Windows 10 (and 8) include a new virtual memory file named swapfile.sys. It’s stored in your system drive, along with the pagefile.sys and hiberfil.sys. But why does Windows need both a swap file and a page file?
Windows swaps out some types of data that aren’t being used to the swap file. Currently, this file is used for those new “universal” apps — formerly known as Metro apps. Windows may do more with it in the future.
Swapfile.sys, Pagefile.sys, and Hiberfil.sys
Like pagefile.sys and hiberfil.sys, this file is stored in the root of your system drive — C:\ by default. It’s also visible only if you’ve enabled “Show hidden files and folders” and if you have the “Hide protected operating system files” option disabled.
Hiberfil.sys is used by the Windows operating system to store all the contents of your RAM during hibernation. It also helps enable the new “hybrid boot” fast booting feature in Windows 8 and 10. Pagefile.sys is where the Windows operating system pages out memory when there’s no room left in your RAM and the system needs more RAM.
What is the Swap File For?
There’s not a lot of official Microsoft information about this file out there, but we can piece together an answer from official Microsoft blog posts and forum responses.
In summary, the swapfile — swapfile.sys — is currently used for swapping out Microsoft’s new style of app. Microsoft has called these universal apps, Windows Store apps, Metro apps, Modern apps, Windows 8 apps, Windows 8-style UI apps, and other things at various points.
These apps are managed differently from traditional Windows desktop apps. Windows manages their memory more intelligently. Here’s how Microsoft’s Black Morrison explains it:
“You may ask, ‘Why do we need another virtual page file?’ Well, with the introduction of the Modern App, we needed a way to manage their memory outside of the traditional Virtual Memory/Pagefile method.
“Windows 8 can efficiently write the whole (private) working set of a suspended Modern app to disk in order to gain additional memory when the system detects pressure. This process is analogous to hibernating a specific app, and then resuming it when the user switches back to the app. In this case, Windows 8 takes advantage of the suspend/resume mechanism of Modern apps to empty or re-populate an app’s working set.”
Rather than using the standard pagefile.sys file for this, Windows swaps out bits of universal apps that are no longer necessary to the swapfile.sys file.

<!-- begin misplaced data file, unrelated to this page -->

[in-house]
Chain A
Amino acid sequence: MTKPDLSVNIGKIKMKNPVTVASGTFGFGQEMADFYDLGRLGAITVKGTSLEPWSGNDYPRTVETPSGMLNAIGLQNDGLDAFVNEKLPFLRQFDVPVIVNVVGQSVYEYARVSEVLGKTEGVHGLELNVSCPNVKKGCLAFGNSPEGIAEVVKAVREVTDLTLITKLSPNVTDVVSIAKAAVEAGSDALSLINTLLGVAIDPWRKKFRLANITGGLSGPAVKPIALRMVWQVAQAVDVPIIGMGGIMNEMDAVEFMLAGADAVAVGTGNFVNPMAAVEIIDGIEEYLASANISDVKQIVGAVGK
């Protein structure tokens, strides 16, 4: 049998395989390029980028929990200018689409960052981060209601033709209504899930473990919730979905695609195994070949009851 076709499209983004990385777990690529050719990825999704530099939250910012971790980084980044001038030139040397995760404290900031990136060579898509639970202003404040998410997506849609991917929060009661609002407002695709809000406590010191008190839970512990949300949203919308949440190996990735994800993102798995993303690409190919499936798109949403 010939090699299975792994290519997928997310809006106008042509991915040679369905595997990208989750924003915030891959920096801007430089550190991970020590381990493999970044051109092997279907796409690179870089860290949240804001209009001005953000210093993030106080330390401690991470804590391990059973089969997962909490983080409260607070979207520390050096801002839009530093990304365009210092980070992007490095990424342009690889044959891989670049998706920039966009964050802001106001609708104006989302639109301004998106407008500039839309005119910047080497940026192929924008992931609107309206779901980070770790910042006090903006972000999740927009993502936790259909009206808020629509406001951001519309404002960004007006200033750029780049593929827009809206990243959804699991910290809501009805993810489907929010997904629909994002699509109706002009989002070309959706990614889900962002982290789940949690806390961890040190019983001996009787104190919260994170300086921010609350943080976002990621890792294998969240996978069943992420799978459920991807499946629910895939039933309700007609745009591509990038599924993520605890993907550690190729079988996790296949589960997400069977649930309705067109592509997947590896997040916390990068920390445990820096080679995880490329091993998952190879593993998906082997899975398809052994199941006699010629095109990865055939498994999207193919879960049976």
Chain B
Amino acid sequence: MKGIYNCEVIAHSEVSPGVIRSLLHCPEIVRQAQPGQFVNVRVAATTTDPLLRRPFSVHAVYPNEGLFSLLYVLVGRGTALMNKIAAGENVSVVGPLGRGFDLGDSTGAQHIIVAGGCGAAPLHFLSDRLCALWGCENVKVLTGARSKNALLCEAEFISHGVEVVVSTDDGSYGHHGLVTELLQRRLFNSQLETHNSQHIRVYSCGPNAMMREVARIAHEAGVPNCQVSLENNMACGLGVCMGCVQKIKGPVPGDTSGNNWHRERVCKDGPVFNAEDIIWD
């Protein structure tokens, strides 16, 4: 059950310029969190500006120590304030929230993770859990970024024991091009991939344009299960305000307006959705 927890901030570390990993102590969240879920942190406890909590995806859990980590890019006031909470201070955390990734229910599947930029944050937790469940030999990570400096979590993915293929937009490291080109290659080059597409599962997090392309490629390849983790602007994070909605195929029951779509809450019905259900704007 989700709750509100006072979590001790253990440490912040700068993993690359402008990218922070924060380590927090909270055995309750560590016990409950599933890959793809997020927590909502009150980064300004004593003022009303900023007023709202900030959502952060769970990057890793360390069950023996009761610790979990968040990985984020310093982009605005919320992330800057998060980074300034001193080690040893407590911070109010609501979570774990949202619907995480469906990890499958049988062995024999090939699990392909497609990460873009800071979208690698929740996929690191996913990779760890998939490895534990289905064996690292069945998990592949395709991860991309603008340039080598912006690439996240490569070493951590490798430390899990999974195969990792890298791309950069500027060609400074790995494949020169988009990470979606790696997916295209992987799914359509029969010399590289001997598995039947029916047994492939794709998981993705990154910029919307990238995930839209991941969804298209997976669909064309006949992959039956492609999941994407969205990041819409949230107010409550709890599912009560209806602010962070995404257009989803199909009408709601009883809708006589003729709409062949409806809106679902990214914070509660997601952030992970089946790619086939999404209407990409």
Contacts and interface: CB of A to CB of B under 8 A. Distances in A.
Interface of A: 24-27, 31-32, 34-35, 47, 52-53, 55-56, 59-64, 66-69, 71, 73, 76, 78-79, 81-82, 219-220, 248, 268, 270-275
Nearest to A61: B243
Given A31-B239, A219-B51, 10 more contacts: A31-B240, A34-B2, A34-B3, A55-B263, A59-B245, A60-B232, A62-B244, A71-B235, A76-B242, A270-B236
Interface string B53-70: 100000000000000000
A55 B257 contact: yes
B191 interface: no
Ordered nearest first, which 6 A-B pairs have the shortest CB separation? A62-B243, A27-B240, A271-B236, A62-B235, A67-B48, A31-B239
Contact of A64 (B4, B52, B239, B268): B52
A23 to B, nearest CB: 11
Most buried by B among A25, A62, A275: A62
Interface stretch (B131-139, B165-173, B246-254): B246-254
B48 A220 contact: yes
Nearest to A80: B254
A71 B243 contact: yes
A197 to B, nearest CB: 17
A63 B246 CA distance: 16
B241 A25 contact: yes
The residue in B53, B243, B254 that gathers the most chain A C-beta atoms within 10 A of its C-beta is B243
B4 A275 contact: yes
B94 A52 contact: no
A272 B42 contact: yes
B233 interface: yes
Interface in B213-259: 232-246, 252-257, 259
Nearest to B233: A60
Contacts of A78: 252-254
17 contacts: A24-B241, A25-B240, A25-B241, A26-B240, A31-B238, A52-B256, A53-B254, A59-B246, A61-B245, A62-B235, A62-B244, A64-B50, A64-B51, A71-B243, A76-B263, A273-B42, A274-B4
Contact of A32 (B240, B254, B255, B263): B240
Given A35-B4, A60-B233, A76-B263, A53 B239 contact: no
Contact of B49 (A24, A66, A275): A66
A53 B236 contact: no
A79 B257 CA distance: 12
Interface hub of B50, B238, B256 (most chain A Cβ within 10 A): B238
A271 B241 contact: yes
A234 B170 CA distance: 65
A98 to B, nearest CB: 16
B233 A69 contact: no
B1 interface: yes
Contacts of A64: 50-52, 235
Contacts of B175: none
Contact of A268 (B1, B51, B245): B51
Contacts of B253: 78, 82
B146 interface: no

Microsoft’s Pavel Lebedinsky explains a bit more:
“Suspend/resume of Metro-style apps is one scenario, there could be others in the future.
The swapfile and the regular pagefile have different usage patterns and different requirements with regard to space reservation, dynamic growth, read/write policies etc. Keeping them separate makes things simpler.”
Essentially, the standard page file is used for the normal things in Windows, while the Microsoft’s new app framework uses a separate type of file for intelligently swapping out bits of new apps.
How Do I Delete the Swapfile.sys File?
This particular file is actually quite small, and should be about 256 MB in size at the most. You shouldn’t need to remove it. Even if you have some sort of tablet with a very low amount of storage, the swapfile.sys probably helps make it more responsive.
The swapfile.sys file is managed along with the pagefile.sys file. Disabling the paging file on a drive will also disable the swap file on that drive.
We really don’t recommend doing this, as disabling your page file is a bad idea.
But you can remove this file, if you like. To access the appropriate dialog, open the Start menu, type “performance”, and select the “Adjust the appearance and performance of Windows” setting shortcut.
In the Performance Options window, click the Advanced tab and click the Change button under Virtual memory.
Uncheck “Automatically manage paging file size for all drives,” select a drive, select “No paging file,” and click “Set.” Both the pagefile.sys and swapfile.sys files will be removed from that drive after you reboot your computer.
You should be able to recreate a page file on another drive from here and Windows will move your virtual memory files to that drive, allowing you to reduce wear on a solid-state drive and put them on a mechanical hard drive, for example.
Click OK and reboot your PC. The swapfile.sys and pagefile.sys files should vanish from your drive. To recreate them, visit this dialog again and enable a system managed size on your C:\ drive or another drive.
Overall, this file isn’t too bad — it’s a new file, but it takes up much less space than the traditional pagefile.sys and hiberfil.sys files. Windows 10 should use less disk space than Windows 7, even with this additional virtual memory file.